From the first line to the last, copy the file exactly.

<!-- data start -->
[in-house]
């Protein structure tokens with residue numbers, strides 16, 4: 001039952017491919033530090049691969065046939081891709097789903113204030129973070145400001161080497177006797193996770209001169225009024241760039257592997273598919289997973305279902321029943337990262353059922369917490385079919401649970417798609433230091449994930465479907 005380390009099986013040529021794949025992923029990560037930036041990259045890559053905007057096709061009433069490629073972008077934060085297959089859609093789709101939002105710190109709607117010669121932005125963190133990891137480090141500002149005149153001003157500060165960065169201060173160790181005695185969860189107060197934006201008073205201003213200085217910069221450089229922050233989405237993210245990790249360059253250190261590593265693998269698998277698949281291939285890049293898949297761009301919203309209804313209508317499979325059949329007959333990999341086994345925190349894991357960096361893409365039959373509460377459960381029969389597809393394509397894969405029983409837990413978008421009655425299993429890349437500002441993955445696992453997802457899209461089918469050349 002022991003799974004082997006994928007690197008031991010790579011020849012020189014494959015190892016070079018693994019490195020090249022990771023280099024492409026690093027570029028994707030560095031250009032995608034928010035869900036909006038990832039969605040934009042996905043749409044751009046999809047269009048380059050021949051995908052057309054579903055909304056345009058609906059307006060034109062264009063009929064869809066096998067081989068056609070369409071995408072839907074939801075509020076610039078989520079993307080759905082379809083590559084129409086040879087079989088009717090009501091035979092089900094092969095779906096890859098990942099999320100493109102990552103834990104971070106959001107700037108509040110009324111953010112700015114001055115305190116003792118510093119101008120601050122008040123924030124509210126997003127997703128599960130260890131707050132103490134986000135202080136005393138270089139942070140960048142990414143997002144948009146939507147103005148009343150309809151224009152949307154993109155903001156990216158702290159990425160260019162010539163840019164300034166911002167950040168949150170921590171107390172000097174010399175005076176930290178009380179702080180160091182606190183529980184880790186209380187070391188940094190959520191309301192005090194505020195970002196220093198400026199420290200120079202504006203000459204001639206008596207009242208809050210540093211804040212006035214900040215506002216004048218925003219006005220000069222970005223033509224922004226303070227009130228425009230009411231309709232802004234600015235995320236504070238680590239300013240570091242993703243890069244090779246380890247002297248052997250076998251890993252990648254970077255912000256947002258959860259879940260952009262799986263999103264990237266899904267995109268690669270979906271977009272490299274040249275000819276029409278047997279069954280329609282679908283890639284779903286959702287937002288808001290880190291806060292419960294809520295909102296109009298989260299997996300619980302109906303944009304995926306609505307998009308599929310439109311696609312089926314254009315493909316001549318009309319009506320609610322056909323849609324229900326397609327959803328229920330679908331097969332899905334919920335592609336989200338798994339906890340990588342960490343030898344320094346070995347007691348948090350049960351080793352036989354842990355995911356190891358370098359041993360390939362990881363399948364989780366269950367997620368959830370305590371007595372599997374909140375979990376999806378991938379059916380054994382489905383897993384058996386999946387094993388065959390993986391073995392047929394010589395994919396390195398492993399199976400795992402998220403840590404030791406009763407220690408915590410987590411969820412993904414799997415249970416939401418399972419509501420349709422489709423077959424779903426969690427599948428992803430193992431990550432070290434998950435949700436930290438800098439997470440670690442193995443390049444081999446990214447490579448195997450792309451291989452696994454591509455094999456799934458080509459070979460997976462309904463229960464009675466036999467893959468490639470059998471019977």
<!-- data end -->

[in-house]
């Protein structure tokens with residue numbers, strides 16, 4: 001039952017491919033530090049691969065046939081891709097789903113204030129973070145400001161080497177006797193996770209001169225009024241760039257592997273598919289997973305279902321029943337990262353059922369917490385079919401649970417798609433230091449994930465479907 005380390009099986013040529021794949025992923029990560037930036041990259045890559053905007057096709061009433069490629073972008077934060085297959089859609093789709101939002105710190109709607117010669121932005125963190133990891137480090141500002149005149153001003157500060165960065169201060173160790181005695185969860189107060197934006201008073205201003213200085217910069221450089229922050233989405237993210245990790249360059253250190261590593265693998269698998277698949281291939285890049293898949297761009301919203309209804313209508317499979325059949329007959333990999341086994345925190349894991357960096361893409365039959373509460377459960381029969389597809393394509397894969405029983409837990413978008421009655425299993429890349437500002441993955445696992453997802457899209461089918469050349 002022991003799974004082997006994928007690197008031991010790579011020849012020189014494959015190892016070079018693994019490195020090249022990771023280099024492409026690093027570029028994707030560095031250009032995608034928010035869900036909006038990832039969605040934009042996905043749409044751009046999809047269009048380059050021949051995908052057309054579903055909304056345009058609906059307006060034109062264009063009929064869809066096998067081989068056609070369409071995408072839907074939801075509020076610039078989520079993307080759905082379809083590559084129409086040879087079989088009717090009501091035979092089900094092969095779906096890859098990942099999320100493109102990552103834990104971070106959001107700037108509040110009324111953010112700015114001055115305190116003792118510093119101008120601050122008040123924030124509210126997003127997703128599960130260890131707050132103490134986000135202080136005393138270089139942070140960048142990414143997002144948009146939507147103005148009343150309809151224009152949307154993109155903001156990216158702290159990425160260019162010539163840019164300034166911002167950040168949150170921590171107390172000097174010399175005076176930290178009380179702080180160091182606190183529980184880790186209380187070391188940094190959520191309301192005090194505020195970002196220093198400026199420290200120079202504006203000459204001639206008596207009242208809050210540093211804040212006035214900040215506002216004048218925003219006005220000069222970005223033509224922004226303070227009130228425009230009411231309709232802004234600015235995320236504070238680590239300013240570091242993703243890069244090779246380890247002297248052997250076998251890993252990648254970077255912000256947002258959860259879940260952009262799986263999103264990237266899904267995109268690669270979906271977009272490299274040249275000819276029409278047997279069954280329609282679908283890639284779903286959702287937002288808001290880190291806060292419960294809520295909102296109009298989260299997996300619980302109906303944009304995926306609505307998009308599929310439109311696609312089926314254009315493909316001549318009309319009506320609610322056909323849609324229900326397609327959803328229920330679908331097969332899905334919920335592609336989200338798994339906890340990588342960490343030898344320094346070995347007691348948090350049960351080793352036989354842990355995911356190891358370098359041993360390939362990881363399948364989780366269950367997620368959830370305590371007595372599997374909140375979990376999806378991938379059916380054994382489905383897993384058996386999946387094993388065959390993986391073995392047929394010589395994919396390195398492993399199976400795992402998220403840590404030791406009763407220690408915590410987590411969820412993904414799997415249970416939401418399972419509501420349709422489709423077959424779903426969690427599948428992803430193992431990550432070290434998950435949700436930290438800098439997470440670690442193995443390049444081999446990214447490579448195997450792309451291989452696994454591509455094999456799934458080509459070979460997976462309904463229960464009675466036999467893959468490639470059998471019977």